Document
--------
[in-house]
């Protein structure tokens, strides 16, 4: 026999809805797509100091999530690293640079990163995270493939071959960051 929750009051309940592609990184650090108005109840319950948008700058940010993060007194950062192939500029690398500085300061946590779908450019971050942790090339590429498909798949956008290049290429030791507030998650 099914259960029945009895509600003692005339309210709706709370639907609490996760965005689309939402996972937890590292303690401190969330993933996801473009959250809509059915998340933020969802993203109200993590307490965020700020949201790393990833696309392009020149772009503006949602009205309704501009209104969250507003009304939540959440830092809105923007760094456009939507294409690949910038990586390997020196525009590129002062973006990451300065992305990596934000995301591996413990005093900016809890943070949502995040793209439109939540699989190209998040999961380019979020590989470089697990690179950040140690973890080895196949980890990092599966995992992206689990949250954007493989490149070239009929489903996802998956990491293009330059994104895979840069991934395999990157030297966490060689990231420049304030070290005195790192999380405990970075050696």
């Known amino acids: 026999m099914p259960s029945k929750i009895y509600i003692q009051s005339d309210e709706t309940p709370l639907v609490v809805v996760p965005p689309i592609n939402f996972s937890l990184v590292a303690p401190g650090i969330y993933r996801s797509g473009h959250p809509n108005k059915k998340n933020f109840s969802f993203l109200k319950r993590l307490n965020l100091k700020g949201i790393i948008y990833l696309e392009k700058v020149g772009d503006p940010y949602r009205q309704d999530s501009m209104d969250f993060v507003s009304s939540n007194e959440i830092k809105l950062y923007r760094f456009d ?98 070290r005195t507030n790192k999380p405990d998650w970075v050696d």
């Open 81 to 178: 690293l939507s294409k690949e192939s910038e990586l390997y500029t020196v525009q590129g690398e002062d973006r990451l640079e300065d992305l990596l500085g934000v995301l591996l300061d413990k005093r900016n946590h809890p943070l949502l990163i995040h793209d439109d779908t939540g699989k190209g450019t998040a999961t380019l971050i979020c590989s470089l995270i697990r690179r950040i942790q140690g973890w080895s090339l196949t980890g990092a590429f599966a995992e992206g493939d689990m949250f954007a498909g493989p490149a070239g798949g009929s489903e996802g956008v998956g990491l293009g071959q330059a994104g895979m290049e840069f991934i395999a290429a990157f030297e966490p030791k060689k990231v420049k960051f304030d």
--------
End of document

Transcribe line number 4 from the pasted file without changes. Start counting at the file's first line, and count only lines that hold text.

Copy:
């Open 81 to 178: 690293l939507s294409k690949e192939s910038e990586l390997y500029t020196v525009q590129g690398e002062d973006r990451l640079e300065d992305l990596l500085g934000v995301l591996l300061d413990k005093r900016n946590h809890p943070l949502l990163i995040h793209d439109d779908t939540g699989k190209g450019t998040a999961t380019l971050i979020c590989s470089l995270i697990r690179r950040i942790q140690g973890w080895s090339l196949t980890g990092a590429f599966a995992e992206g493939d689990m949250f954007a498909g493989p490149a070239g798949g009929s489903e996802g956008v998956g990491l293009g071959q330059a994104g895979m290049e840069f991934i395999a290429a990157f030297e966490p030791k060689k990231v420049k960051f304030d």